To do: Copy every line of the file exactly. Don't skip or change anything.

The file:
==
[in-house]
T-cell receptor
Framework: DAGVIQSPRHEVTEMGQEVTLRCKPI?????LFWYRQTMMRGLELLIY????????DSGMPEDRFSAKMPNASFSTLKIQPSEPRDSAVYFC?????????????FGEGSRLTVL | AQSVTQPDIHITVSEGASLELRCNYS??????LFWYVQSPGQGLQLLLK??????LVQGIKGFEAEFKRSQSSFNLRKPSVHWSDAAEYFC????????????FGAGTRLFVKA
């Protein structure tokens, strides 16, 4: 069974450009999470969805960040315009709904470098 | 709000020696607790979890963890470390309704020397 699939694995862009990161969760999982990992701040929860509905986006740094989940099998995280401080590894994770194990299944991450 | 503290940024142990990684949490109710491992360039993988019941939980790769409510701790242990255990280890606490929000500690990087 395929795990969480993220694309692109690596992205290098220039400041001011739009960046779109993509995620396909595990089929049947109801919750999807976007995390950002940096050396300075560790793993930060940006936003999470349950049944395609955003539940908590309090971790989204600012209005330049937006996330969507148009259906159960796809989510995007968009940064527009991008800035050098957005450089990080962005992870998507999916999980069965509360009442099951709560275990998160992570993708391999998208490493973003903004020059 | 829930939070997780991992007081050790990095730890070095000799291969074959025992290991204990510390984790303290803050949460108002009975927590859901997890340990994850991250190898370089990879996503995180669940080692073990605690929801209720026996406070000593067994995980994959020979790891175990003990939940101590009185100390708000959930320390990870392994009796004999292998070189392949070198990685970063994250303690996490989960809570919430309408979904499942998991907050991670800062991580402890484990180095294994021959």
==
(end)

[in-house]
T-cell receptor
Framework: DAGVIQSPRHEVTEMGQEVTLRCKPI?????LFWYRQTMMRGLELLIY????????DSGMPEDRFSAKMPNASFSTLKIQPSEPRDSAVYFC?????????????FGEGSRLTVL | AQSVTQPDIHITVSEGASLELRCNYS??????LFWYVQSPGQGLQLLLK??????LVQGIKGFEAEFKRSQSSFNLRKPSVHWSDAAEYFC????????????FGAGTRLFVKA
């Protein structure tokens, strides 16, 4: 069974450009999470969805960040315009709904470098 | 709000020696607790979890963890470390309704020397 699939694995862009990161969760999982990992701040929860509905986006740094989940099998995280401080590894994770194990299944991450 | 503290940024142990990684949490109710491992360039993988019941939980790769409510701790242990255990280890606490929000500690990087 395929795990969480993220694309692109690596992205290098220039400041001011739009960046779109993509995620396909595990089929049947109801919750999807976007995390950002940096050396300075560790793993930060940006936003999470349950049944395609955003539940908590309090971790989204600012209005330049937006996330969507148009259906159960796809989510995007968009940064527009991008800035050098957005450089990080962005992870998507999916999980069965509360009442099951709560275990998160992570993708391999998208490493973003903004020059 | 829930939070997780991992007081050790990095730890070095000799291969074959025992290991204990510390984790303290803050949460108002009975927590859901997890340990994850991250190898370089990879996503995180669940080692073990605690929801209720026996406070000593067994995980994959020979790891175990003990939940101590009185100390708000959930320390990870392994009796004999292998070189392949070198990685970063994250303690996490989960809570919430309408979904499942998991907050991670800062991580402890484990180095294994021959």